Hurricane Sandy is closing in on highly populated areas of the US East Coast, threatening storm surges and devastating flooding.
In New York City, thousands have been ordered to evacuate, and shelters have been set up in 76 schools.
Public transport in Washington DC, Philadelphia and New York is suspended and the New York Stock Exchange shut.
Forecasters fear Sandy will become a super-storm when it collides with cold weather fronts from the west and north.
It also coincides with a full moon, which is bringing higher tides.
Sandy has already killed 60 people after sweeping through the Caribbean in the past week.
Campaigning for the US presidential election has also been disrupted, eight days ahead of election day on 6 November.
At the scene
At Battery Park City on the southern tip of Manhattan, the water is already lapping over my boots. It’s only mid-morning, hours before Hurricane Sandy is due to make landfall, and the sea is swelling.
Tonight with the storm surge the water levels are expected to rise, though already it seems to me the water is as high as it was during Hurricane Irene last year. The city is eerily quiet. The Nasdaq sign at Times Square was blank – even the stock exchange isn’t trading.
The subways are shut, grocery stores have signs up saying they’ve already run out of food. The city is braced for what could be the worst storm in a generation. At this point the preparations have been made – sandbags are everywhere in lower Manhattan. All anyone can do is wait, anxiously.
At 11:00 EDT (15:00 GMT), Sandy was churning about 260 miles (415km) south-east of New York City, the National Hurricane Center (NHC) said.
The storm had strengthened from the morning, with maximum sustained winds clocked at 90mph (150km/h) with higher gusts.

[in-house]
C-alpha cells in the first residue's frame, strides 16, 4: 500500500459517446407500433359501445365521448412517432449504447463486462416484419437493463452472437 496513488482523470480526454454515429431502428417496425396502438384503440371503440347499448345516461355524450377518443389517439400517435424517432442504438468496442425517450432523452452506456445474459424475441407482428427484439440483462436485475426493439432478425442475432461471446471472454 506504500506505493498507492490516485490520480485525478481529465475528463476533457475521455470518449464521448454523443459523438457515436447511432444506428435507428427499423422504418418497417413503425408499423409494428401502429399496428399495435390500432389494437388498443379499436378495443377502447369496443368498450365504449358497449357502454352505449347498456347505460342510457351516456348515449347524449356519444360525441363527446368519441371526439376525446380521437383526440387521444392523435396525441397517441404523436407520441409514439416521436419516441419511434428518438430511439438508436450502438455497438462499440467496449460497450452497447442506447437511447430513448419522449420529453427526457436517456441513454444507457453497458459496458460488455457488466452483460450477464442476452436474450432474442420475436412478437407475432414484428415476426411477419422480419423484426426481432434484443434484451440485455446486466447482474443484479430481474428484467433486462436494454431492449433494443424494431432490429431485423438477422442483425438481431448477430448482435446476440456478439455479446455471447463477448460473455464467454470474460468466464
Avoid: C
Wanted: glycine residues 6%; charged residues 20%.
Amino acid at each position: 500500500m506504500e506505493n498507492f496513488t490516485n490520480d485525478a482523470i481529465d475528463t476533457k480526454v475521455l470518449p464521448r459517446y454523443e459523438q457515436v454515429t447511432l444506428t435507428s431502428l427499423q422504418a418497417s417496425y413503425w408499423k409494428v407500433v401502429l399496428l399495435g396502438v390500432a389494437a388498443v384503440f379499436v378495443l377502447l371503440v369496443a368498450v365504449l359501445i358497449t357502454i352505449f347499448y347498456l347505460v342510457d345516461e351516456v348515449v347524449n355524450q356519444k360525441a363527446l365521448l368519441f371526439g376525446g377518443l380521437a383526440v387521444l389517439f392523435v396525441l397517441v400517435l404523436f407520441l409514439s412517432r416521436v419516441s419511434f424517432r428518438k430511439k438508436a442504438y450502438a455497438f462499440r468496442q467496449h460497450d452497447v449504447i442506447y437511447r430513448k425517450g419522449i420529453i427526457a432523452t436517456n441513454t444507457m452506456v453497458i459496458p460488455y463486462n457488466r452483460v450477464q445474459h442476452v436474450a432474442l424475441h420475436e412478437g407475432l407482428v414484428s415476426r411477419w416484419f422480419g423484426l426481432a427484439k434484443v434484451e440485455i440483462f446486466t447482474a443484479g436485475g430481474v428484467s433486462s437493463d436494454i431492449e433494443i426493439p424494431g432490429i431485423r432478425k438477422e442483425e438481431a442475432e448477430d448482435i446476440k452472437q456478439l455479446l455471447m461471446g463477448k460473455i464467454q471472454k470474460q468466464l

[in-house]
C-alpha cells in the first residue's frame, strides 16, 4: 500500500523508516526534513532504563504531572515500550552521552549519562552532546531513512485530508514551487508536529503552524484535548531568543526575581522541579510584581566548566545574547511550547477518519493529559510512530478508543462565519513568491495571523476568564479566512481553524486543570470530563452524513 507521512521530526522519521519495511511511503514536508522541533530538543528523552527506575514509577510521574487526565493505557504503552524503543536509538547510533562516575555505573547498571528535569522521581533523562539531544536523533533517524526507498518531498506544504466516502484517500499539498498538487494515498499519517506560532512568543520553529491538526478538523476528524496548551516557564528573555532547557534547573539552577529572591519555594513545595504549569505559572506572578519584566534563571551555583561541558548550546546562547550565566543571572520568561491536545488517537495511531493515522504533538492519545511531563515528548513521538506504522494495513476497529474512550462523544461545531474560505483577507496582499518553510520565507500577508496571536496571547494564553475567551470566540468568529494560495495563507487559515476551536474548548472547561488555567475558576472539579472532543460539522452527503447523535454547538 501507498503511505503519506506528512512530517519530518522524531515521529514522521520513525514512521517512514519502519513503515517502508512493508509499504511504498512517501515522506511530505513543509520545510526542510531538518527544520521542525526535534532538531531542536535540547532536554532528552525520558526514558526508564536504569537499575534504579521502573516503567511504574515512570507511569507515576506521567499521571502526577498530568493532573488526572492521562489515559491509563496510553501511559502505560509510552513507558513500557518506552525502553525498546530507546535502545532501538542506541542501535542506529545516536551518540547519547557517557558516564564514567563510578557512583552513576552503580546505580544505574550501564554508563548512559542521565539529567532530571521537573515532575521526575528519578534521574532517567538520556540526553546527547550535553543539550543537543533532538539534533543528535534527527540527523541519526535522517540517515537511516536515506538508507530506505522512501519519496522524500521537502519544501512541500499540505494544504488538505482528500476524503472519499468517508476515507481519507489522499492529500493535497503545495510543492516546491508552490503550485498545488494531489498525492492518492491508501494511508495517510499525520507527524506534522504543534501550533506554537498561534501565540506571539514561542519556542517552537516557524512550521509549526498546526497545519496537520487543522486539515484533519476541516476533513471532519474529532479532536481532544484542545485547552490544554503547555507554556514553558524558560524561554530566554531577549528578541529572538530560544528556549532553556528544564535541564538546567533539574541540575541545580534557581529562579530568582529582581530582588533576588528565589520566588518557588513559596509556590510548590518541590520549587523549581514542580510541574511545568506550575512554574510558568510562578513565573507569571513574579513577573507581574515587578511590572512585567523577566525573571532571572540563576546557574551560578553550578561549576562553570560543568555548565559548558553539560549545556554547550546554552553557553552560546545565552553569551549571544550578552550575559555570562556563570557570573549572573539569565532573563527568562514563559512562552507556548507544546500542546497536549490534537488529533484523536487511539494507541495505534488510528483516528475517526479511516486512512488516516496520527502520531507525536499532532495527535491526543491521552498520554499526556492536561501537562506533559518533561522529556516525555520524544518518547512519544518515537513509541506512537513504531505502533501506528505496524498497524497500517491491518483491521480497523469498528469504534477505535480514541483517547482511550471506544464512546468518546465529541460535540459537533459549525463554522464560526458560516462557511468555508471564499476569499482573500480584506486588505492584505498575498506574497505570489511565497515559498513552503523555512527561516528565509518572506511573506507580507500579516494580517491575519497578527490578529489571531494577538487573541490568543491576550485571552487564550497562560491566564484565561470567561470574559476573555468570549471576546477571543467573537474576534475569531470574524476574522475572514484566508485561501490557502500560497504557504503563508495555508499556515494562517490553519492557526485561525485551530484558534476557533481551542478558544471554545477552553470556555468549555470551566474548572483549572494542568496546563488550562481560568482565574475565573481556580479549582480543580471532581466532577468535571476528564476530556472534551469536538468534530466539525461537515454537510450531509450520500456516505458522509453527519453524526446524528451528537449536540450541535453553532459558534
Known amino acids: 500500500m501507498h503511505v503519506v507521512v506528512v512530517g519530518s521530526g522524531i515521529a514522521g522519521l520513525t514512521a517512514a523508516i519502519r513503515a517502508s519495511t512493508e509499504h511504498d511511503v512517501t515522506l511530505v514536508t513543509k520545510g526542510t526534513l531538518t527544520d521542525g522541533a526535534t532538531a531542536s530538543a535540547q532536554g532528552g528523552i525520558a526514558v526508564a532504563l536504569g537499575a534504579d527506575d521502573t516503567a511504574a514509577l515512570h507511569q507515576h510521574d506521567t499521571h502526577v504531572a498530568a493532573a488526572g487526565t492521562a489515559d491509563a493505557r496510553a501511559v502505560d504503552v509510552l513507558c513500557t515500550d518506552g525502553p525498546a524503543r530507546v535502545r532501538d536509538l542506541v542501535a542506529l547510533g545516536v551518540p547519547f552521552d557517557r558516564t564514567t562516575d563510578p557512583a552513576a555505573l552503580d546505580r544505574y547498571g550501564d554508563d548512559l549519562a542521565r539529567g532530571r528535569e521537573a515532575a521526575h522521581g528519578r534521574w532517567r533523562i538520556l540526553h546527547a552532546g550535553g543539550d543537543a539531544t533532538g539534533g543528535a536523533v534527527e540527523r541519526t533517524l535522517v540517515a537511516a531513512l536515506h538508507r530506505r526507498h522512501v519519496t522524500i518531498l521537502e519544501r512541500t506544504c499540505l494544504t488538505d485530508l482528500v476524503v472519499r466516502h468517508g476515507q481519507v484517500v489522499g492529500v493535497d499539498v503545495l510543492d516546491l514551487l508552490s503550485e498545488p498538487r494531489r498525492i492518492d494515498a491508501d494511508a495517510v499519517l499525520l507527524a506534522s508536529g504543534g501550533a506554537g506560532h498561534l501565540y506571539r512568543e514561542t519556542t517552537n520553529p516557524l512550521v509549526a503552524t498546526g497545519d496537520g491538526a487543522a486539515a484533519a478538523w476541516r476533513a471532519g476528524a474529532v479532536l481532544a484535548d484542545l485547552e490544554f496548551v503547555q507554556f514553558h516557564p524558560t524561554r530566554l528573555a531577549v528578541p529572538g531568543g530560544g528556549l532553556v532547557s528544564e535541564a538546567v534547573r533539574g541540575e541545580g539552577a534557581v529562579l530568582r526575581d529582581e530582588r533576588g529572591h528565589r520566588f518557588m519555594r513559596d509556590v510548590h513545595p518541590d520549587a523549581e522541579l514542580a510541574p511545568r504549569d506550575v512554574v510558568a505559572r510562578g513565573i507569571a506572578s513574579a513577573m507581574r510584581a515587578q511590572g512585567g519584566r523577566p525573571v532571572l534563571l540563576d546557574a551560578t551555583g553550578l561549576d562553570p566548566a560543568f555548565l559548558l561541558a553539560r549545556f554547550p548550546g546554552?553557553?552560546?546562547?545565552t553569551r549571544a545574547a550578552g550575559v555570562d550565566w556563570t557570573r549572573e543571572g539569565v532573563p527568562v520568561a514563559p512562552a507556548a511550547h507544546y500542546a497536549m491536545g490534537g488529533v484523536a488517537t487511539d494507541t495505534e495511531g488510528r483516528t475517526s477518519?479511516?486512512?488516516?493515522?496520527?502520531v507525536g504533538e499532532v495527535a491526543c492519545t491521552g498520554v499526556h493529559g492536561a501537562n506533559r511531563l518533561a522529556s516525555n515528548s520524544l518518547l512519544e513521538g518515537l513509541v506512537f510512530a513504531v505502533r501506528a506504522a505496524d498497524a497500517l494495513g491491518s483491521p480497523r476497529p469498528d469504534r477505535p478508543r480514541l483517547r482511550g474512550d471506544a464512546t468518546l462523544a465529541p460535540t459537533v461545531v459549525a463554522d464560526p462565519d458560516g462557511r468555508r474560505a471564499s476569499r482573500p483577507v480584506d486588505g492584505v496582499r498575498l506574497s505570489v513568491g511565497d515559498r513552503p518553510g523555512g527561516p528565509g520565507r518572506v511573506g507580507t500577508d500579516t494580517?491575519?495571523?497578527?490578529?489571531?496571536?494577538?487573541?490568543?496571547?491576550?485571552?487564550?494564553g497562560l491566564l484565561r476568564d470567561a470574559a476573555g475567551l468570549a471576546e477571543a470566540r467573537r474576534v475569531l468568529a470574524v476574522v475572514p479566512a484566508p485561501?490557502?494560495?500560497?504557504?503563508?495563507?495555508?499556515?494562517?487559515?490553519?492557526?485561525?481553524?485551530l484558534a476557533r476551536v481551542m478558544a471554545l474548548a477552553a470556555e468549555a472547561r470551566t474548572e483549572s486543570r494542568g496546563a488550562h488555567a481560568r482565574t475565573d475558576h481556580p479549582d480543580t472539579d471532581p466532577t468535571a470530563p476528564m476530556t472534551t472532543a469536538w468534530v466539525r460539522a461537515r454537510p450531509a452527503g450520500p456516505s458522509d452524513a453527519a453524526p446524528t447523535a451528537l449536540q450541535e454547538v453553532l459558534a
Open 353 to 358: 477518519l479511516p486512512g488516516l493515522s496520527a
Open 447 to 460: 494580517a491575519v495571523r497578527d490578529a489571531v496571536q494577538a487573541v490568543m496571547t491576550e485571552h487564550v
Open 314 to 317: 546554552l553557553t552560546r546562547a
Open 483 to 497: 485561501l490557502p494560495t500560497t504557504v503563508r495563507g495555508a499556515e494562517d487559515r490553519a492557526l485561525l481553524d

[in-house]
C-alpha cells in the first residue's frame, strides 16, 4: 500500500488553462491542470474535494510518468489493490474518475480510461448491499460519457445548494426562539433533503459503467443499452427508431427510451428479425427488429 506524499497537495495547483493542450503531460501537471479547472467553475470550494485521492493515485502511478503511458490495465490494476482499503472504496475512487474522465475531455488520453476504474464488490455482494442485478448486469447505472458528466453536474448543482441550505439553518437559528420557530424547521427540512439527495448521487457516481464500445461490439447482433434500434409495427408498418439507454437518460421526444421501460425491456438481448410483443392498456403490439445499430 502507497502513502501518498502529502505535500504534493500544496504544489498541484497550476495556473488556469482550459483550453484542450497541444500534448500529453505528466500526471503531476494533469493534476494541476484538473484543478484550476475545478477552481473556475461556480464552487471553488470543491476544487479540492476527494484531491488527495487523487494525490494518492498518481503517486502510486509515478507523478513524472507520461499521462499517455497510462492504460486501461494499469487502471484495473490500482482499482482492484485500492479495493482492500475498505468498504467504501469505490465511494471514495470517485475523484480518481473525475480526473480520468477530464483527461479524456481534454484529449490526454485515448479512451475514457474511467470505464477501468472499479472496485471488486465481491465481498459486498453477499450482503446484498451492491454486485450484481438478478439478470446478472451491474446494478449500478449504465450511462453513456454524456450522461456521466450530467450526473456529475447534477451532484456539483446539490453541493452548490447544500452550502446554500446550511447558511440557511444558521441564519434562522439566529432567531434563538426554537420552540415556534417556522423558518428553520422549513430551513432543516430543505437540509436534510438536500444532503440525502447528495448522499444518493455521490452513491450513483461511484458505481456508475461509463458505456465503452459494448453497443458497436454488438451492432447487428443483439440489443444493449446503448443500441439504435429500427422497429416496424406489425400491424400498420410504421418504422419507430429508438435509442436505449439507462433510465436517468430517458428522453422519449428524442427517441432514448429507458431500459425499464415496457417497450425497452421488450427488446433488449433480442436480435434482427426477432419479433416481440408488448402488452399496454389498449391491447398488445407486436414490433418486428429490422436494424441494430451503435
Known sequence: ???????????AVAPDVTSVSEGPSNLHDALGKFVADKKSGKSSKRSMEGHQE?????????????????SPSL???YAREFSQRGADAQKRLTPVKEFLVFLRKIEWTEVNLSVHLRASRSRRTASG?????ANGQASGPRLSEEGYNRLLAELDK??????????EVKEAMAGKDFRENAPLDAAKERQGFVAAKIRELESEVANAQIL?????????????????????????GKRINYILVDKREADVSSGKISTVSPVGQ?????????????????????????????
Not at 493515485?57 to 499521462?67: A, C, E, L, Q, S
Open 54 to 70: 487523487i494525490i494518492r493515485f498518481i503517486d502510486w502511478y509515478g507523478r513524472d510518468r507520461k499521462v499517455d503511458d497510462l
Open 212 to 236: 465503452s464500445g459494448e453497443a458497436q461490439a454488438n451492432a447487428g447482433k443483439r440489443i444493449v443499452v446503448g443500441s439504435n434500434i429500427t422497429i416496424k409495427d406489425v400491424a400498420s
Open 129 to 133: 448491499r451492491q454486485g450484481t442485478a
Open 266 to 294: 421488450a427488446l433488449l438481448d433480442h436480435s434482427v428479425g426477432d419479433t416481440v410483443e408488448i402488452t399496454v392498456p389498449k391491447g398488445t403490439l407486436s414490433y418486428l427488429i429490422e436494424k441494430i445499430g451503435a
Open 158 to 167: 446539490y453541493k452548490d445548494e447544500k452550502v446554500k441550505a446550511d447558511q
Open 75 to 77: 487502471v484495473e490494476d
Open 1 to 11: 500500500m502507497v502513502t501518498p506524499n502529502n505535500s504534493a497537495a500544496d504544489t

Hurricane force winds extended for 175 miles and tropical storm force winds for 485 miles, the NHC added.
The vast hurricane, about 520 miles across, is moving slowly north-west and could linger over as many as 12 states for 24-36 hours, bringing up to 10in (25cm) of rain, 24in of snow, extreme storm surges and power cuts.
At least 14 out of 16 people on board a replica of HMS Bounty – built for the 1962 film Mutiny on the Bounty – have been rescued, the US Coast Guard says.
They were plucked from two life rafts off the coast of North Carolina after abandoning ship. The Coast Guard is searching for the missing crew members.
The eye of the storm is expected to move across the coast of mid-Atlantic states by Monday night, the NHC said.
Due to hit the US East Coast just before Halloween, it has been dubbed “Frankenstorm”.
Amtrak has suspended passenger train services across the north-east and air travel has been badly hit, with some 7,500 flights cancelled.
With public transport suspended across the region, many workers stayed at home on Monday.
In New York, taxi driver Peter Franklin told the BBC that the city was “shut down”.
“I feel like I am living in a science fiction movie,” he said.
Hundreds of thousands of people from Maryland to Connecticut were ordered to leave low-lying coastal areas.
They included about 375,000 residents in lower Manhattan and other areas of New York City and another 30,000 in Atlantic City, New Jersey.
There are already reports of flooding in Atlantic City.
President Barack Obama declared emergencies in Massachusetts, Connecticut, Rhode Island, New York, New Jersey and Pennsylvania.
He pulled out of a planned rally in Florida with former President Bill Clinton on Monday and headed back to the White House to monitor emergency operations. The campaign also cancelled an event scheduled for Tuesday in Wisconsin, far from the storm.
Visiting the Federal Emergency Management Agency (Fema) in Washington on Sunday, President Obama vowed the government would “respond big and respond fast” after Sandy had passed.
Authorities warned that high tides triggered by a full moon could create storm surges of up 11ft (3m), sending seawater surging through parts of lower Manhattan.
The United Nations headquarters in New York has also been shut down. The East River in New York City has begun overflowing its banks on the Brooklyn side.
New York City Mayor Michael Bloomberg described it as “a serious and dangerous storm”.
“If you don’t evacuate, you are not only endangering your life, you are also endangering the lives of the first responders who are going in to rescue you,” he said.
New Jersey Governor Chris Christie advised residents of that state: “Don’t be stupid. Get out.”
Some 200 National Guardsmen will patrol Manhattan and 300 more will be deployed in Long Island.
Links : BBC News